by Melinda Pillsbury-Foster
Southern California is in no wise prepared for a major earthquake. We should be, however. Thomas Jordan, director of the Southern California Earthquake Center, said at the National Earthquake Conference in Long Beach, California, that the San Andreas fault is “locked, loaded, and ready to roll.” He added, “a massive earthquake could strike anytime.” Thomas's comments were quoted in the Inquisitor. Strike One.
Southern Californa is also unprepared for the perfect storm of brush fires which the long drought, die off of trees and vegetation, and high temperatures have delivered. Notice the news today. If you live in several parts of the southland just open your window and sniff the air. Strike Two.
These are problems caused by nature. We should have been prepared for these – but we weren't. Since we pay a lot for governmental agencies at the local, county, and state levels who claim they are in charge of ensuring we are safe it is fair to say they 'did not do their job.'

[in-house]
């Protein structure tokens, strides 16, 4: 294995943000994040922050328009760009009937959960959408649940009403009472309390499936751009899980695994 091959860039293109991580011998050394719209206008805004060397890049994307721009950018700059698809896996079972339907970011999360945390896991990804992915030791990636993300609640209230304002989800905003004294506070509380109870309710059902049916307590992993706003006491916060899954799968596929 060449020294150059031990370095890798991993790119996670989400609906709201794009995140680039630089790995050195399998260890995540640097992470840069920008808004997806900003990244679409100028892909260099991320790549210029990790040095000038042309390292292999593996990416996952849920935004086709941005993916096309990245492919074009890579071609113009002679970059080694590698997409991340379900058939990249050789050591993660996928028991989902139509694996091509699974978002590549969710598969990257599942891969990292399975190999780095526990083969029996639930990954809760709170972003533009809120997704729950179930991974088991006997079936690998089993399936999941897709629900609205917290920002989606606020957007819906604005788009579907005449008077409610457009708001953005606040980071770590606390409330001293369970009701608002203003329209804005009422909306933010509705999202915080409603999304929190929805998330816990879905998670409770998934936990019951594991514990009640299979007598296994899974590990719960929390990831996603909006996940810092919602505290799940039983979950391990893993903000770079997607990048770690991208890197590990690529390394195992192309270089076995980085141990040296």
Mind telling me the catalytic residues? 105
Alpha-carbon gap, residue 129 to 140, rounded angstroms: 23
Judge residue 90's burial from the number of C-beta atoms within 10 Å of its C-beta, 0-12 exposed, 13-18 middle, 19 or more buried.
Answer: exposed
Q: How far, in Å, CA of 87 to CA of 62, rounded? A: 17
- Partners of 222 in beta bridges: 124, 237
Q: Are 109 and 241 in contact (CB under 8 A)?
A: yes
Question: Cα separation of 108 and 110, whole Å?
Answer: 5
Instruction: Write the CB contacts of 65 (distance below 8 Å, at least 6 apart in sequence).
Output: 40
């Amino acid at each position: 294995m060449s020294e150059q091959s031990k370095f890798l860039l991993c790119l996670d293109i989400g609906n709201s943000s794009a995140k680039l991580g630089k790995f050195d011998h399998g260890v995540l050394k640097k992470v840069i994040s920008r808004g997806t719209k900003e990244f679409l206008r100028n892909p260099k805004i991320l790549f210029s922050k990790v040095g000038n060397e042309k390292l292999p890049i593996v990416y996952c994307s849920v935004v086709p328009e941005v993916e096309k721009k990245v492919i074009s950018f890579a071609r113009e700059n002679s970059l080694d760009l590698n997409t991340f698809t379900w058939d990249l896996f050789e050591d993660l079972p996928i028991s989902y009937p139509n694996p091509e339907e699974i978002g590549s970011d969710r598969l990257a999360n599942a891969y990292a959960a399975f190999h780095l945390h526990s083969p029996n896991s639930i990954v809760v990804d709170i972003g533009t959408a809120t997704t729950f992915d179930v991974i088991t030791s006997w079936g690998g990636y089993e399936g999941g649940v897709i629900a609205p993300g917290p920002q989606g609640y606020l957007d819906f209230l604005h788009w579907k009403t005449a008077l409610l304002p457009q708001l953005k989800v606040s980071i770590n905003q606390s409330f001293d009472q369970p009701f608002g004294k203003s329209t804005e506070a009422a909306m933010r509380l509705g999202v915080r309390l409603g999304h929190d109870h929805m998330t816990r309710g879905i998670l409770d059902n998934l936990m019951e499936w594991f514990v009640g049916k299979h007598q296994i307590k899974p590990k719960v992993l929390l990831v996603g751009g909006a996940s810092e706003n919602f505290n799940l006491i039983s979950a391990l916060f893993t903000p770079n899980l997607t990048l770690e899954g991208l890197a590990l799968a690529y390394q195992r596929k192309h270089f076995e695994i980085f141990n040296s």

It is also fair to say they should held accountable for their failure to do so. If we survive we should ask this question loudly and accept no excuses. Strike Three.
The third danger hanging over our heads makes these first two impinging hazards far more serious. This involves a significant lack of oversight by those same agencies and the corporations they were supposed to be watching. The corporations, the utilities and oil companies who expect prompt payment from us, had all the control necessary to prevent the present situation.
Quoted in the Times they said, ““Southern California’s smaller cities and large businesses must take the threat of a crippling earthquake far more seriously than they have been, a committee of business, public policy and utility leaders said Thursday, saying action is needed to “prevent the inevitable disaster from becoming a catastrophe.””
We thought the enormously expensive infrastructure of government and the utility companies were handling our safety and their own business. We were wrong.